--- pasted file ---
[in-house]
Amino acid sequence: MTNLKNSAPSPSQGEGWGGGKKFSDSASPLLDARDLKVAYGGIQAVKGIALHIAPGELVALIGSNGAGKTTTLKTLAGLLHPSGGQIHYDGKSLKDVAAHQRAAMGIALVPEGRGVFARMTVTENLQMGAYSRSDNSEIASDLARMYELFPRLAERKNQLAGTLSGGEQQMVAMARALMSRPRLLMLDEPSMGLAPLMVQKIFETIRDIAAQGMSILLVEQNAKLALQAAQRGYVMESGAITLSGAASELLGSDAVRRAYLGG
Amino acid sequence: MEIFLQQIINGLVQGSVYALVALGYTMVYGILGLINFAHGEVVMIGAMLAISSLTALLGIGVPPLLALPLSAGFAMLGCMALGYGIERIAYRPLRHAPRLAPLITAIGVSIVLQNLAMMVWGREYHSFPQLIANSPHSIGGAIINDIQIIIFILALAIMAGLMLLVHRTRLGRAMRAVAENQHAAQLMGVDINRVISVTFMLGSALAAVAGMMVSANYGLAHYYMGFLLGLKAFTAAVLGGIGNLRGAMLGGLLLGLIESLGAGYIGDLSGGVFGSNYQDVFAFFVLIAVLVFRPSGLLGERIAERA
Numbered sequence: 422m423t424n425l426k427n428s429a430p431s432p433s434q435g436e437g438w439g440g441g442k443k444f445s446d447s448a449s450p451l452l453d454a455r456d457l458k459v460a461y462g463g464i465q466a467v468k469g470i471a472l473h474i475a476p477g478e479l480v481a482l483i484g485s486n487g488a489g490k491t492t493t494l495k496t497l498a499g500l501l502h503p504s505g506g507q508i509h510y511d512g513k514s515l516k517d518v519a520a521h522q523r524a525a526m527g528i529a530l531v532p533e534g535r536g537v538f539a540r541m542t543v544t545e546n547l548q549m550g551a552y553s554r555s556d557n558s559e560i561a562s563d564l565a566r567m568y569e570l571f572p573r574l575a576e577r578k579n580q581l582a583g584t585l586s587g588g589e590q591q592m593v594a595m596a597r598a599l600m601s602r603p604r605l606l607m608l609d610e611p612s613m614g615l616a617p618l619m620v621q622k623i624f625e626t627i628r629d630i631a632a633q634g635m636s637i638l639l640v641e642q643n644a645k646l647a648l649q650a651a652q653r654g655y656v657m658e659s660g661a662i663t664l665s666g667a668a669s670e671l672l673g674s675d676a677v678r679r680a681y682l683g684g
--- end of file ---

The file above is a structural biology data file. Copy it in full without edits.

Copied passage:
[in-house]
Amino acid sequence: MTNLKNSAPSPSQGEGWGGGKKFSDSASPLLDARDLKVAYGGIQAVKGIALHIAPGELVALIGSNGAGKTTTLKTLAGLLHPSGGQIHYDGKSLKDVAAHQRAAMGIALVPEGRGVFARMTVTENLQMGAYSRSDNSEIASDLARMYELFPRLAERKNQLAGTLSGGEQQMVAMARALMSRPRLLMLDEPSMGLAPLMVQKIFETIRDIAAQGMSILLVEQNAKLALQAAQRGYVMESGAITLSGAASELLGSDAVRRAYLGG
Amino acid sequence: MEIFLQQIINGLVQGSVYALVALGYTMVYGILGLINFAHGEVVMIGAMLAISSLTALLGIGVPPLLALPLSAGFAMLGCMALGYGIERIAYRPLRHAPRLAPLITAIGVSIVLQNLAMMVWGREYHSFPQLIANSPHSIGGAIINDIQIIIFILALAIMAGLMLLVHRTRLGRAMRAVAENQHAAQLMGVDINRVISVTFMLGSALAAVAGMMVSANYGLAHYYMGFLLGLKAFTAAVLGGIGNLRGAMLGGLLLGLIESLGAGYIGDLSGGVFGSNYQDVFAFFVLIAVLVFRPSGLLGERIAERA
Numbered sequence: 422m423t424n425l426k427n428s429a430p431s432p433s434q435g436e437g438w439g440g441g442k443k444f445s446d447s448a449s450p451l452l453d454a455r456d457l458k459v460a461y462g463g464i465q466a467v468k469g470i471a472l473h474i475a476p477g478e479l480v481a482l483i484g485s486n487g488a489g490k491t492t493t494l495k496t497l498a499g500l501l502h503p504s505g506g507q508i509h510y511d512g513k514s515l516k517d518v519a520a521h522q523r524a525a526m527g528i529a530l531v532p533e534g535r536g537v538f539a540r541m542t543v544t545e546n547l548q549m550g551a552y553s554r555s556d557n558s559e560i561a562s563d564l565a566r567m568y569e570l571f572p573r574l575a576e577r578k579n580q581l582a583g584t585l586s587g588g589e590q591q592m593v594a595m596a597r598a599l600m601s602r603p604r605l606l607m608l609d610e611p612s613m614g615l616a617p618l619m620v621q622k623i624f625e626t627i628r629d630i631a632a633q634g635m636s637i638l639l640v641e642q643n644a645k646l647a648l649q650a651a652q653r654g655y656v657m658e659s660g661a662i663t664l665s666g667a668a669s670e671l672l673g674s675d676a677v678r679r680a681y682l683g684g